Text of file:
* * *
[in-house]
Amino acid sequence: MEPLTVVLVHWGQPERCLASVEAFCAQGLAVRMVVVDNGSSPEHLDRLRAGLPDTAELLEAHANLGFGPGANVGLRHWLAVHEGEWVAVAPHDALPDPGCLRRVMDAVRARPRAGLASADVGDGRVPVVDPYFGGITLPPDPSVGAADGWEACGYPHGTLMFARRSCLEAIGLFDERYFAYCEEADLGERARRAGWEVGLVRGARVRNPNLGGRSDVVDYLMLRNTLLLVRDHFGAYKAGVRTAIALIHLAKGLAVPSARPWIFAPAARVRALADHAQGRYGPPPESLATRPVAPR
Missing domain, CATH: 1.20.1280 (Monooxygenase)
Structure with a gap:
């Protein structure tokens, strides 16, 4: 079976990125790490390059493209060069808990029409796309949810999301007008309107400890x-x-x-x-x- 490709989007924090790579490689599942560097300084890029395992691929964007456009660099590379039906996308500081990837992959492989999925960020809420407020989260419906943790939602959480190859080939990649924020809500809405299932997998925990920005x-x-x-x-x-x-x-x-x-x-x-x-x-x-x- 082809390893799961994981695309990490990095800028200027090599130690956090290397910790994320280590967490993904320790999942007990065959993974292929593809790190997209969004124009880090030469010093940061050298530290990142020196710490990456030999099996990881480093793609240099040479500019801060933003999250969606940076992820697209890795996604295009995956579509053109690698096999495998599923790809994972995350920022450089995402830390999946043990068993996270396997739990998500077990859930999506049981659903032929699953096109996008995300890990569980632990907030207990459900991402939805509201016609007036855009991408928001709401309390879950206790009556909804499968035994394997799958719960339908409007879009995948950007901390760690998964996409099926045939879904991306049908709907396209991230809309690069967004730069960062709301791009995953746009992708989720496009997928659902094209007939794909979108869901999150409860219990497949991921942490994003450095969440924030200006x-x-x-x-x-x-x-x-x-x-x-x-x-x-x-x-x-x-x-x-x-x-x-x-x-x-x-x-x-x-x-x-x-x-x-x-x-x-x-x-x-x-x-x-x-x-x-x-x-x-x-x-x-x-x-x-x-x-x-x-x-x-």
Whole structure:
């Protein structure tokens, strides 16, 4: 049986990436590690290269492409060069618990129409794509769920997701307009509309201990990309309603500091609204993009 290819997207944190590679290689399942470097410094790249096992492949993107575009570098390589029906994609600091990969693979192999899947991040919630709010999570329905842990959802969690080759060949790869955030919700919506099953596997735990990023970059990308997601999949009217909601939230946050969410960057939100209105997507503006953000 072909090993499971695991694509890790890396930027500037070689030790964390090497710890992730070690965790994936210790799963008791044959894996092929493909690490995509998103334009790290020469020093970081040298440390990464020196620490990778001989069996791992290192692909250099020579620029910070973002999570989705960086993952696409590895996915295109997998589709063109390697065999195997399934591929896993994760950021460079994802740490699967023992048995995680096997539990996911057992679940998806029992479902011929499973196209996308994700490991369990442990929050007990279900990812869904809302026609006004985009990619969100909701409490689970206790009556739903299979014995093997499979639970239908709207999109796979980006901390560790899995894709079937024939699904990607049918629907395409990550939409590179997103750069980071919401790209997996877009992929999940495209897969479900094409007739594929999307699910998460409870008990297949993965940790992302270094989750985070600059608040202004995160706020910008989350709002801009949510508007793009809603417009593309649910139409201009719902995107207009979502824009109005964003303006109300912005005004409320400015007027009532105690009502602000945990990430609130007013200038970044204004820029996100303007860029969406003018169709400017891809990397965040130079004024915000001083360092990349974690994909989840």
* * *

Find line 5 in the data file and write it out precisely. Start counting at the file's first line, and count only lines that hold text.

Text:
């Protein structure tokens, strides 16, 4: 079976990125790490390059493209060069808990029409796309949810999301007008309107400890x-x-x-x-x- 490709989007924090790579490689599942560097300084890029395992691929964007456009660099590379039906996308500081990837992959492989999925960020809420407020989260419906943790939602959480190859080939990649924020809500809405299932997998925990920005x-x-x-x-x-x-x-x-x-x-x-x-x-x-x- 082809390893799961994981695309990490990095800028200027090599130690956090290397910790994320280590967490993904320790999942007990065959993974292929593809790190997209969004124009880090030469010093940061050298530290990142020196710490990456030999099996990881480093793609240099040479500019801060933003999250969606940076992820697209890795996604295009995956579509053109690698096999495998599923790809994972995350920022450089995402830390999946043990068993996270396997739990998500077990859930999506049981659903032929699953096109996008995300890990569980632990907030207990459900991402939805509201016609007036855009991408928001709401309390879950206790009556909804499968035994394997799958719960339908409007879009995948950007901390760690998964996409099926045939879904991306049908709907396209991230809309690069967004730069960062709301791009995953746009992708989720496009997928659902094209007939794909979108869901999150409860219990497949991921942490994003450095969440924030200006x-x-x-x-x-x-x-x-x-x-x-x-x-x-x-x-x-x-x-x-x-x-x-x-x-x-x-x-x-x-x-x-x-x-x-x-x-x-x-x-x-x-x-x-x-x-x-x-x-x-x-x-x-x-x-x-x-x-x-x-x-x-």